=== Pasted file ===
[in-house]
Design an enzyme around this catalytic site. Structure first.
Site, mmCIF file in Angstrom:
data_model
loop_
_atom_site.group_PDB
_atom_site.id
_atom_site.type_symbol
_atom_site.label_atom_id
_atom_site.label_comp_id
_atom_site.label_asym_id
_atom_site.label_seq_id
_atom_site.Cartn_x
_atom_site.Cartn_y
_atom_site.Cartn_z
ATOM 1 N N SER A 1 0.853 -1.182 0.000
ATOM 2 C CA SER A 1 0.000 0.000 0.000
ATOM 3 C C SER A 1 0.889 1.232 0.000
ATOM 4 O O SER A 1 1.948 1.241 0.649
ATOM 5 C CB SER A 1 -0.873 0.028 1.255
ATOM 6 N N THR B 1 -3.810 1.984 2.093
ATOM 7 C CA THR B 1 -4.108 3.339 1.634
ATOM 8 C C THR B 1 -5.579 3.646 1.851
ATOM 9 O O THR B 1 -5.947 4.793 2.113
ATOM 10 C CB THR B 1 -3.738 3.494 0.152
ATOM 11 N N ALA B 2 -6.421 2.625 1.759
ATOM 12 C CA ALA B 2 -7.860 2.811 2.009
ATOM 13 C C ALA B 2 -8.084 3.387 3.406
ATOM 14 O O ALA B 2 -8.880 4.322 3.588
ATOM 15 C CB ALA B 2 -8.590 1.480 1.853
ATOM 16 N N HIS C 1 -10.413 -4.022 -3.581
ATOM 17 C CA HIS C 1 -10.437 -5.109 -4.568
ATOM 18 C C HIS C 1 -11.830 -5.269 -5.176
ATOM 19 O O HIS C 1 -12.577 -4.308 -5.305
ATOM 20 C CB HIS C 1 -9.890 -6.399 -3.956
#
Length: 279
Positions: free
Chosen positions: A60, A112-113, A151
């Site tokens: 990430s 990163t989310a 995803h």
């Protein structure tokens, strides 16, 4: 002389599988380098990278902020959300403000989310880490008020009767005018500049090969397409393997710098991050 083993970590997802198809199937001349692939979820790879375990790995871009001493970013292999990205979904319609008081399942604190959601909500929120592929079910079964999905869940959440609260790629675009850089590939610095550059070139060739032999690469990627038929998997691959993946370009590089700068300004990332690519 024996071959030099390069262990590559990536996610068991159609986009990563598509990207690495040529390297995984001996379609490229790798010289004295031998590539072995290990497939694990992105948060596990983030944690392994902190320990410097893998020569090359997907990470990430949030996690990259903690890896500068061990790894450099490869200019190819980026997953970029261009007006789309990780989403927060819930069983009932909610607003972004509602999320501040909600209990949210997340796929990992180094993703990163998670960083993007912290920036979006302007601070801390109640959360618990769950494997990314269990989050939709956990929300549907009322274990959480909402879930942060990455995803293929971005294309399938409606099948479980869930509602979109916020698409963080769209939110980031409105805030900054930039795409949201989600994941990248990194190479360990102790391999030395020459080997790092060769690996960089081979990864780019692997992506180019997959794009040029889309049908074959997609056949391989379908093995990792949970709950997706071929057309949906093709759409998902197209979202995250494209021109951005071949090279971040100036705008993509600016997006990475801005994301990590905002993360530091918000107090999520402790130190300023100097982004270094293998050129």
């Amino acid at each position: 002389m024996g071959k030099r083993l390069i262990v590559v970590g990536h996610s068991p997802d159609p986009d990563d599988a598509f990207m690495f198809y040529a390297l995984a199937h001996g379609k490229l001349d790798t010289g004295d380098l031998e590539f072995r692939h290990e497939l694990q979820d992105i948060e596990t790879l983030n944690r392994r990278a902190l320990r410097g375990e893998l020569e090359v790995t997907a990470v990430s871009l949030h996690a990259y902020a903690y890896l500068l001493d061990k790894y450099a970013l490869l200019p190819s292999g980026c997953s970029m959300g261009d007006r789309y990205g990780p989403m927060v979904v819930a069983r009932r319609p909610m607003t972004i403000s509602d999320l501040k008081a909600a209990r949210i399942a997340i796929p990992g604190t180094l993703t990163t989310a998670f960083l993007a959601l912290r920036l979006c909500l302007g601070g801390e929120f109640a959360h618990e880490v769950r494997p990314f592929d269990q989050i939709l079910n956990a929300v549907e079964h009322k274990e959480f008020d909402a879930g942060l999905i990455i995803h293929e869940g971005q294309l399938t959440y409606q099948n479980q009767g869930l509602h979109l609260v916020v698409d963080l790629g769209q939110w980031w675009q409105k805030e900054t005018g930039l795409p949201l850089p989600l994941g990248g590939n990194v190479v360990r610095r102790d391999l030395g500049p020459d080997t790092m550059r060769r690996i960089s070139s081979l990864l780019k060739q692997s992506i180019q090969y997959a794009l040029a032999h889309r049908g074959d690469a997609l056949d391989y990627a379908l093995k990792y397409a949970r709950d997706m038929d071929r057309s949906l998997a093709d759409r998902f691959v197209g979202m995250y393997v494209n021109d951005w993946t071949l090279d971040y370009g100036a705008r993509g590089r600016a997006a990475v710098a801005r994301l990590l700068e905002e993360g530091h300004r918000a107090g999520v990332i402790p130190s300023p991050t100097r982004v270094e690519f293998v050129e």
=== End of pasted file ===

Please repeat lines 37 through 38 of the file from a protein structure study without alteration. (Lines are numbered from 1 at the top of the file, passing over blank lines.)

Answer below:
Length: 279
Positions: free